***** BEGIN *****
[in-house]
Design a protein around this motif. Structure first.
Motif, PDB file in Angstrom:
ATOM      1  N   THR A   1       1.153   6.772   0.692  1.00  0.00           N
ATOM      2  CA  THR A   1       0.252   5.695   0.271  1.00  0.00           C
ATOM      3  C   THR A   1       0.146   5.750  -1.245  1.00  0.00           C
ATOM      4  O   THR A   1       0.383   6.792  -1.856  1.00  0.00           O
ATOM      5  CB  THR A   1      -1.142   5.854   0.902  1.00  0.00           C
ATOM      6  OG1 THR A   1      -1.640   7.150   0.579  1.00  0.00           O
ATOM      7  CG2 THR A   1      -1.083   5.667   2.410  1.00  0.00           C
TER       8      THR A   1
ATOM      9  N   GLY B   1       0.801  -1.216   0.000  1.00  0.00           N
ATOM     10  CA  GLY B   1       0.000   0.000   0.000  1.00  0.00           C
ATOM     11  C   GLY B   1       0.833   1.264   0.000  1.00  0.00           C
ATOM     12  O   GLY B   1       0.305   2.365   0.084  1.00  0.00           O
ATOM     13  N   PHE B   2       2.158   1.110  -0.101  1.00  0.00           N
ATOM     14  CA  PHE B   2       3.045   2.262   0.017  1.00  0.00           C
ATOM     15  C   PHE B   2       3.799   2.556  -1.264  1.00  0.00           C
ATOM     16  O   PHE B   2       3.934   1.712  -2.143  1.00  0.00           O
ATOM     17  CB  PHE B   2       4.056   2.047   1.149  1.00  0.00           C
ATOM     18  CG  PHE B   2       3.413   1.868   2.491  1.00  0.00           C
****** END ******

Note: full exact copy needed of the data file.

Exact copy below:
[in-house]
Design a protein around this motif. Structure first.
Motif, PDB file in Angstrom:
ATOM      1  N   THR A   1       1.153   6.772   0.692  1.00  0.00           N
ATOM      2  CA  THR A   1       0.252   5.695   0.271  1.00  0.00           C
ATOM      3  C   THR A   1       0.146   5.750  -1.245  1.00  0.00           C
ATOM      4  O   THR A   1       0.383   6.792  -1.856  1.00  0.00           O
ATOM      5  CB  THR A   1      -1.142   5.854   0.902  1.00  0.00           C
ATOM      6  OG1 THR A   1      -1.640   7.150   0.579  1.00  0.00           O
ATOM      7  CG2 THR A   1      -1.083   5.667   2.410  1.00  0.00           C
TER       8      THR A   1
ATOM      9  N   GLY B   1       0.801  -1.216   0.000  1.00  0.00           N
ATOM     10  CA  GLY B   1       0.000   0.000   0.000  1.00  0.00           C
ATOM     11  C   GLY B   1       0.833   1.264   0.000  1.00  0.00           C
ATOM     12  O   GLY B   1       0.305   2.365   0.084  1.00  0.00           O
ATOM     13  N   PHE B   2       2.158   1.110  -0.101  1.00  0.00           N
ATOM     14  CA  PHE B   2       3.045   2.262   0.017  1.00  0.00           C
ATOM     15  C   PHE B   2       3.799   2.556  -1.264  1.00  0.00           C
ATOM     16  O   PHE B   2       3.934   1.712  -2.143  1.00  0.00           O
ATOM     17  CB  PHE B   2       4.056   2.047   1.149  1.00  0.00           C
ATOM     18  CG  PHE B   2       3.413   1.868   2.491  1.00  0.00           C